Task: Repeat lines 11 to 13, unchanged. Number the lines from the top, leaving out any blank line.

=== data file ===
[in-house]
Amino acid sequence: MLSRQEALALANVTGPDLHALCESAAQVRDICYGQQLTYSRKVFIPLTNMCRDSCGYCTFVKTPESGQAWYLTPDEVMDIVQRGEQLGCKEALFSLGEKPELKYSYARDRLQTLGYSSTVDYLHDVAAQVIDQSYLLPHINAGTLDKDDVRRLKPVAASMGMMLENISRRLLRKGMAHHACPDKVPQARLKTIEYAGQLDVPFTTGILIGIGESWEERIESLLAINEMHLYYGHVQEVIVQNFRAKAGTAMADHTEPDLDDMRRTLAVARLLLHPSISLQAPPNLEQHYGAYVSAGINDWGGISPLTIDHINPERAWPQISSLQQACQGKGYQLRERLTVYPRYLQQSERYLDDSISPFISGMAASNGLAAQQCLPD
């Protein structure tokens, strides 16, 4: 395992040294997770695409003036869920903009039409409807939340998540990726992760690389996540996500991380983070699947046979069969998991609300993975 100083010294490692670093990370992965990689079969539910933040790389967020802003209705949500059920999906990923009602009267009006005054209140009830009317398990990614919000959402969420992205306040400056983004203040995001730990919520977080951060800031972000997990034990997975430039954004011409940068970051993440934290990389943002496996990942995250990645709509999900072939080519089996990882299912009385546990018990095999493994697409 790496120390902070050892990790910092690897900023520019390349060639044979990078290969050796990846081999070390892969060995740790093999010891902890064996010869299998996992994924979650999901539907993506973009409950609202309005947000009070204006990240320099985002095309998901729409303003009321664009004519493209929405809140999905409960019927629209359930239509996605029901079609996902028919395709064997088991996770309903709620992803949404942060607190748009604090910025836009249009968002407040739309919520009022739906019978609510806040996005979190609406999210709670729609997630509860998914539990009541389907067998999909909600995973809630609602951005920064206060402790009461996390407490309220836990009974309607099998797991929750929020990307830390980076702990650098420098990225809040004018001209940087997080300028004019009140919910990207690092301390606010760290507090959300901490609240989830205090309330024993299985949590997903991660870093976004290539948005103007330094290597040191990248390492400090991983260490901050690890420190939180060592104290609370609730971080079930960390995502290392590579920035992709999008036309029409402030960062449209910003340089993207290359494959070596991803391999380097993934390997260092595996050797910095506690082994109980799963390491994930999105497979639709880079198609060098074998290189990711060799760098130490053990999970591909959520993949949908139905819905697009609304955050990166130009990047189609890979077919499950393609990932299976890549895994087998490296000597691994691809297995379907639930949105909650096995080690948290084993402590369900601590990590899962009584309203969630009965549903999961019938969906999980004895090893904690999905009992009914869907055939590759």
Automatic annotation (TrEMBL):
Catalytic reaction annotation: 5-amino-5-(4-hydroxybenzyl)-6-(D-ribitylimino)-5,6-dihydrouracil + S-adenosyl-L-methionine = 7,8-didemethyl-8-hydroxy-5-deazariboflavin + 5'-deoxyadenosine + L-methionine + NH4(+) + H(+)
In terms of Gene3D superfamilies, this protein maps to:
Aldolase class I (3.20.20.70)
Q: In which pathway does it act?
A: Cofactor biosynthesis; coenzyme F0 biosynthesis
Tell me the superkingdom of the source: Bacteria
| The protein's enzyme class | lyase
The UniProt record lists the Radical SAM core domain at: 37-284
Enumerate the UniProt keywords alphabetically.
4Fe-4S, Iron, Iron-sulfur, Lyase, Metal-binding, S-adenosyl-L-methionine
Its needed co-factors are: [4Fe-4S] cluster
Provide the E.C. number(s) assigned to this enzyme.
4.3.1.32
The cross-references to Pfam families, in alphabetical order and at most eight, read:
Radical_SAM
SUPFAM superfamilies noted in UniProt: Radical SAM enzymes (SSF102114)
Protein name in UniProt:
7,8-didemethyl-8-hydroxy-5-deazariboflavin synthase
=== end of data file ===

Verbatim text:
| The protein's enzyme class | lyase
The UniProt record lists the Radical SAM core domain at: 37-284
Enumerate the UniProt keywords alphabetically.